The 2020 Pediatric Rheumatology Symposium, originally scheduled for April 29 – May 2, was postponed due to COVID-19; therefore, abstracts were not presented as scheduled.
Session Type: ACR Abstract Session
Session Time: 5:00PM-6:00PM
Background/Purpose: The introduction of biologic medications has revolutionized the care of children with systemic juvenile idiopathic arthritis (SJIA). Differences in treatment approaches among different countries and how they have changed in the modern era of biologic medications have not been well studied. We sought to contrast the presenting features, initial treatment and 12-month outcomes of SJIA patients in pediatric rheumatology Registries in the United States, Canada, United Kingdom, Portugal, Sweden, Denmark, Turkey, Germany, Norway and Finland using individual country registry data.
Methods: Data were extracted locally from the 10 JIA Registries. Disease manifestations collected within nine weeks of first visit with a pediatric rheumatologist (PR) or at diagnosis were included as presenting features. Data on medication use within first year of diagnosis were collected. Clinical outcomes, including the Physician Global Assessment (PGA), active joint count (AJC) and current glucocorticoid (GC) use, were collected at the 12±3 month visit following diagnosis. To assess modern era treatment approaches, we compared data for children treated before and after 2012. Weighted means were used to adjust for varying numbers of patients per Registry.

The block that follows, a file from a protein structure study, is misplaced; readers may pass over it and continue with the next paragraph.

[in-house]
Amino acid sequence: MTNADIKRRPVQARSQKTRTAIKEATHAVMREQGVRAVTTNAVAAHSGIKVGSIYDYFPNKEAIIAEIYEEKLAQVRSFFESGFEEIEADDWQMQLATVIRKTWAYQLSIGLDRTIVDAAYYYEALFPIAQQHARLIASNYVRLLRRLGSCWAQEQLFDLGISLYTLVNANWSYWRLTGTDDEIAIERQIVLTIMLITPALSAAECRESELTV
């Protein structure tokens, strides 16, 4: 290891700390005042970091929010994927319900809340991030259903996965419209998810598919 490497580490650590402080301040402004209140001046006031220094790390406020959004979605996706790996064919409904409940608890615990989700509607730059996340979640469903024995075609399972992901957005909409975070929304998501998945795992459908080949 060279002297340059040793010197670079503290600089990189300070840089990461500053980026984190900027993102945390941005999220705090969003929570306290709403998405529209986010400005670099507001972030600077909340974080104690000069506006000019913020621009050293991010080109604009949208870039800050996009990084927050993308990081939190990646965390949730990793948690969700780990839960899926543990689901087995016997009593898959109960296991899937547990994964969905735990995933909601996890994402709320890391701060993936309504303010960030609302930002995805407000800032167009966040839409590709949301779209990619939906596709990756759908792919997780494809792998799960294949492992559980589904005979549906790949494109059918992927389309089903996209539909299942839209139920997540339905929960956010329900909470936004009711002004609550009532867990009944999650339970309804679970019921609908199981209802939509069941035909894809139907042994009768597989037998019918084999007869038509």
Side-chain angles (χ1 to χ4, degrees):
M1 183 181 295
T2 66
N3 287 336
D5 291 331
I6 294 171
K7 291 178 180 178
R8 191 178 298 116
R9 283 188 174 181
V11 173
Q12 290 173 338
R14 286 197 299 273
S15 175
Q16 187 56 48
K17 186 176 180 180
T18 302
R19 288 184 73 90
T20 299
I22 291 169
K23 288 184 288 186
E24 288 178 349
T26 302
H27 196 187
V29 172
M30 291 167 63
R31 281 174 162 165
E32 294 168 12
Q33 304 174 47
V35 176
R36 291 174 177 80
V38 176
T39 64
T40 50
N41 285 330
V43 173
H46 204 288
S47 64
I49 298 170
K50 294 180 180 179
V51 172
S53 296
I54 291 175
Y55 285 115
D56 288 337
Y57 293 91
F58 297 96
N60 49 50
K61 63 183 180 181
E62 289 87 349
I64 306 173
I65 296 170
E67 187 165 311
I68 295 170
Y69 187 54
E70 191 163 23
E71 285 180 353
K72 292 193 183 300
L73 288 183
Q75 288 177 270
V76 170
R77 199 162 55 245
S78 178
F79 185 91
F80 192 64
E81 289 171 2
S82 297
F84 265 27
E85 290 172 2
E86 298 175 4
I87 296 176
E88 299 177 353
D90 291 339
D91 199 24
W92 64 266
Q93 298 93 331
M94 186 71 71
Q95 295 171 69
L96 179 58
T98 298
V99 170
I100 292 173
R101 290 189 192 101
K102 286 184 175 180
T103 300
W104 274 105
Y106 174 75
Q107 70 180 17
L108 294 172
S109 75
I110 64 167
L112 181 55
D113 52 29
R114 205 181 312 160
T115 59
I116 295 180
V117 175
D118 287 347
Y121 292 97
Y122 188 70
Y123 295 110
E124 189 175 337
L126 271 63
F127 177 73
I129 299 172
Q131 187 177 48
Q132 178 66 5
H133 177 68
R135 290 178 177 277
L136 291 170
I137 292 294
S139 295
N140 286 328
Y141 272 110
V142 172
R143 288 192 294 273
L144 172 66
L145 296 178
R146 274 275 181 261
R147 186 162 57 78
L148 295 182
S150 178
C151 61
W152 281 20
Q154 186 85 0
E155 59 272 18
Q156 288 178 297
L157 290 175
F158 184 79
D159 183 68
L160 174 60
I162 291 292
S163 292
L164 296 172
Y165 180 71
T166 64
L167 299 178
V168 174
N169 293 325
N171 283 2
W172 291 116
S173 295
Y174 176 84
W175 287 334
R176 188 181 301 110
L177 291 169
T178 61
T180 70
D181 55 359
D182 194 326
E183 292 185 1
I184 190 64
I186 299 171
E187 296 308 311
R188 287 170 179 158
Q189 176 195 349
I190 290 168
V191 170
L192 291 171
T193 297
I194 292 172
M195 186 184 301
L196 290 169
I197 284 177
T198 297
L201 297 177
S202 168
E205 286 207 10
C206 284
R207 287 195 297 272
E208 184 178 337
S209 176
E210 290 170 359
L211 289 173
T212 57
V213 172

Results: A total of 1,149 patients were included for demographic data; 553 patients had medication data for the 2012-2018 era. The cohort was predominantly female and Caucasian; median age at first presentation to PR ranged from 5.3-8 years. Median duration of symptoms prior to first visit with PR varied from 0-3.3 months. GC use was common in the first year of diagnosis, with a weighted average of 72% (range 33-96%) of patients prescribed GC in the first year over the duration of each Registry’s collection. Biologic use included IL-1, IL-6 and TNF inhibitors. There was a clear increase in the proportion of patients treated with biologics, primarily anakinra, after 2012 (Table 1). Weighted mean PGA and AJC at the 12±3 month visit were 1.55 and 1.57, respectively (Table 2). At the 12±3 month visit, the proportion of patients prescribed GC varied (weighted mean 40%, range 26-60%).
Conclusion: Analysis of SJIA patients across 10 international Registries demonstrated that patients were seen by a PR at variable times from symptom onset. Although many local factors may influence treatment decisions, biologic use increased after 2011, consistent with secular trends. Anakinra was the most frequently prescribed biologic. Nearly 75% of patients were prescribed steroids within the first year of diagnosis; steroid use seemed to decrease at 12 months of treatment. More study is needed to determine long-term outcomes in SJIA patients treated with modern treatment regimens.
To cite this abstract in AMA style:Son M, Kimura Y, Aalto K, Berntson L, Dallas J, Duffy C, Glerup M, Guzman J, Herlin T, Hovi P, Hyrich K, Klotsche J, Magnusson B, McIntyre V, Nordal E, Ozen S, Santos M, Sozeri B, Beukelman T. The Initial Treatment of Systemic Juvenile Idiopathic Arthritis: An International Collaboration Among 10 Registries [abstract]. Arthritis Rheumatol. 2020; 72 (suppl 4). https://acrabstracts.org/abstract/the-initial-treatment-of-systemic-juvenile-idiopathic-arthritis-an-international-collaboration-among-10-registries/. Accessed January 21, 2021.
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ACR Meeting Abstracts - https://acrabstracts.org/abstract/the-initial-treatment-of-systemic-juvenile-idiopathic-arthritis-an-international-collaboration-among-10-registries/